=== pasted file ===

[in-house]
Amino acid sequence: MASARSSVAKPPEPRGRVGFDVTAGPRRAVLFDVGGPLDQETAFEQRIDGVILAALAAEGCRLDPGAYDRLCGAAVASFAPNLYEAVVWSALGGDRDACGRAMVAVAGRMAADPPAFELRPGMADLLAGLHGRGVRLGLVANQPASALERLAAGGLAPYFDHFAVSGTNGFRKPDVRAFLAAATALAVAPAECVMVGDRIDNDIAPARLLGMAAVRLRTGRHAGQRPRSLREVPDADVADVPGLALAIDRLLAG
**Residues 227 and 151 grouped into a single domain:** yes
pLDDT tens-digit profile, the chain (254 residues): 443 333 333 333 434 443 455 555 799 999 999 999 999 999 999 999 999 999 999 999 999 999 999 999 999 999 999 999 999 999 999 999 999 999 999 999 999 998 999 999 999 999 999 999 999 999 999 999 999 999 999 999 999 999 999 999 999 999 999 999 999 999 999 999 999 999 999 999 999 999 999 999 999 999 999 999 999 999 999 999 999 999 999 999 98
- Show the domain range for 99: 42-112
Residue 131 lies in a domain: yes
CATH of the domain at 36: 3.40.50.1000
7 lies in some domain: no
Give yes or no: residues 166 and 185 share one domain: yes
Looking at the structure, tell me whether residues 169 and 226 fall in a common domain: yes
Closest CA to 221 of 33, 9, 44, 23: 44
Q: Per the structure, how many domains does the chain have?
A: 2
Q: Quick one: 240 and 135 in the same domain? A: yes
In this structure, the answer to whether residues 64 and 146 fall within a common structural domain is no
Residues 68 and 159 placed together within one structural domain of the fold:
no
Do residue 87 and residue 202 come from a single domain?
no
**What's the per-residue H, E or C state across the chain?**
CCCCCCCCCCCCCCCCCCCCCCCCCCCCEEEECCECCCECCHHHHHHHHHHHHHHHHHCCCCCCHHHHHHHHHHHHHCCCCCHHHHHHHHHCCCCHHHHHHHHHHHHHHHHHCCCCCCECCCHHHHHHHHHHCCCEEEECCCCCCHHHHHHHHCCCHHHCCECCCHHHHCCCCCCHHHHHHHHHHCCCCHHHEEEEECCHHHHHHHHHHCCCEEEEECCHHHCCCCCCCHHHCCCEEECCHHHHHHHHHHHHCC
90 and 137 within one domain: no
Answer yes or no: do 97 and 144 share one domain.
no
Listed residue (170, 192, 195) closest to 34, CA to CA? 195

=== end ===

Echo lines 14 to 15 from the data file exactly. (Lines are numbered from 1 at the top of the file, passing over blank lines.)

Q: Quick one: 240 and 135 in the same domain? A: yes
In this structure, the answer to whether residues 64 and 146 fall within a common structural domain is no